Human resources is an increasingly data and technology-driven field. Recruiting now makes good use of machine intelligence, improving candidate search and diversity outcomes. Strategic HR requires smart, big data analytics. And employer branding is more and more driven by candidate and worker technology preferences: texting, social media and more. So this week I thought we’d look at HR and technology (as opposed to HR tech) and the intersection of human and not so human resources. What will HR look like in years to come, in our increasingly technologically mediated lives?
Here is your Friday Five:
As if dealing with harassment and discrimination in the workplace isn’t tough enough, now we have to think about the ways that bigotry and abuse might apply to artificial intelligences and robots. It’s not so much that the robots are so advanced that their feelings are getting hurt, as it is that allowing nasty behaviour of any kind in the workplace, regardless of whether there’s a marginalized group that can be hurt but such behaviour, breeds toxicity. Motherboard looks at recent research into sexism against robots and AIs today — something worth thinking about now, before we do get the point of truly intelligent artificial intelligences.
Wearables are a pretty hot topic in the HR blogosphere. Because wearables like FitBit have made such an impact on our daily lives, the idea of operating workplace health and safety or wellness programs aided by wearables is enticing. Instead of relying on occasional training sessions or free lunches, we could be having a sustained daily impact on employee lives! Sounds great — but are there privacy or legal implications? Lexology explores some of the legal questions that you have to answer before setting up a wearables at work program.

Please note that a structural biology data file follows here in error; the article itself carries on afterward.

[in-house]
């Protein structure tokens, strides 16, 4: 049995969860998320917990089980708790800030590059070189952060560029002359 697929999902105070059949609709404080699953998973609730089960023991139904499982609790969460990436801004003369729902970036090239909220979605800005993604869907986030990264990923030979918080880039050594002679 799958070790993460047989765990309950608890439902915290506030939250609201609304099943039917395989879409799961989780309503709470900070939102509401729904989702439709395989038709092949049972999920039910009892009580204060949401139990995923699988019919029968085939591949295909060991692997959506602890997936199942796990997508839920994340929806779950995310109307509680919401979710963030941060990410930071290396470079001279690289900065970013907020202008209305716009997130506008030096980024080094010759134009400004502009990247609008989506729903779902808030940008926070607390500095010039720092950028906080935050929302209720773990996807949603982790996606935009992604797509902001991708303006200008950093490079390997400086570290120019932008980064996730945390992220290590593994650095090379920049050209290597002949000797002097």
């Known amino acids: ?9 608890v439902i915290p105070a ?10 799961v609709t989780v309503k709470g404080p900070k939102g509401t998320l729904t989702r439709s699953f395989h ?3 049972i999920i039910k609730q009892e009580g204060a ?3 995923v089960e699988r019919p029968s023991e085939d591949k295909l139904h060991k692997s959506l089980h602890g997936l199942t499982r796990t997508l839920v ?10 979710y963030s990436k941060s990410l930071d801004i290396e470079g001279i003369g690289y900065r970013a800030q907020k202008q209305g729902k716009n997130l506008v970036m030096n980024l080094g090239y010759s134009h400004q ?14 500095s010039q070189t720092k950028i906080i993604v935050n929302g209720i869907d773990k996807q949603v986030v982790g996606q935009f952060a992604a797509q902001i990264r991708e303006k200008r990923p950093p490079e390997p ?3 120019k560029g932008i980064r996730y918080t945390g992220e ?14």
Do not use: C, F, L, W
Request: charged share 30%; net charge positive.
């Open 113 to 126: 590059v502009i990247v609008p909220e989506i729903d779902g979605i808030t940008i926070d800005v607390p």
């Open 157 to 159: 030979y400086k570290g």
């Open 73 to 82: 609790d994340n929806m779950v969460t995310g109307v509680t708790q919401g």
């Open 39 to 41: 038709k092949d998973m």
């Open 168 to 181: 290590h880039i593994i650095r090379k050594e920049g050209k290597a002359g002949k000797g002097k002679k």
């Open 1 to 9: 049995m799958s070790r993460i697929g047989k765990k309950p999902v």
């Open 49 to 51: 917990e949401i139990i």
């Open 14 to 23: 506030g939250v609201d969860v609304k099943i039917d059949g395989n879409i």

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So you integrate wearables at work. And then you add various sensors around the office. You’re tracking attendance, wellness, productivity and happiness. What do you do with all this data? Who analyzes it and what uses do you put it to? And perhaps most importantly, what kinds of data will you decline to collect and analyze?
Performance-enhanced workers — dream or nightmare? Whatever some managers might think (hope? dream), as far as HR is concerned, I’m pretty sure this is a nightmare. The use of concentration-enhancing drugs is rife in postsecondary education and internship programs, and cocaine, that old confidence-booster, has a place in the legends of every risky business. Well, studies now show that ADHD and narcolepsy medications — the most common “smart drugs” — can actually improve cognitive performance, and with their increasing normalization, will this be your next big HR problem?
HR tech is a hugely booming industry, but HR departments still aren’t often at the top of the list for enterprise technology purchases. Being an early adopter when it comes to improvements in employee analytics can give your HR and recruiting efforts a competitive advantage. But how can you convince your HR department to welcome and look forward to change? And how can you convince the bosses you’re worth the buy?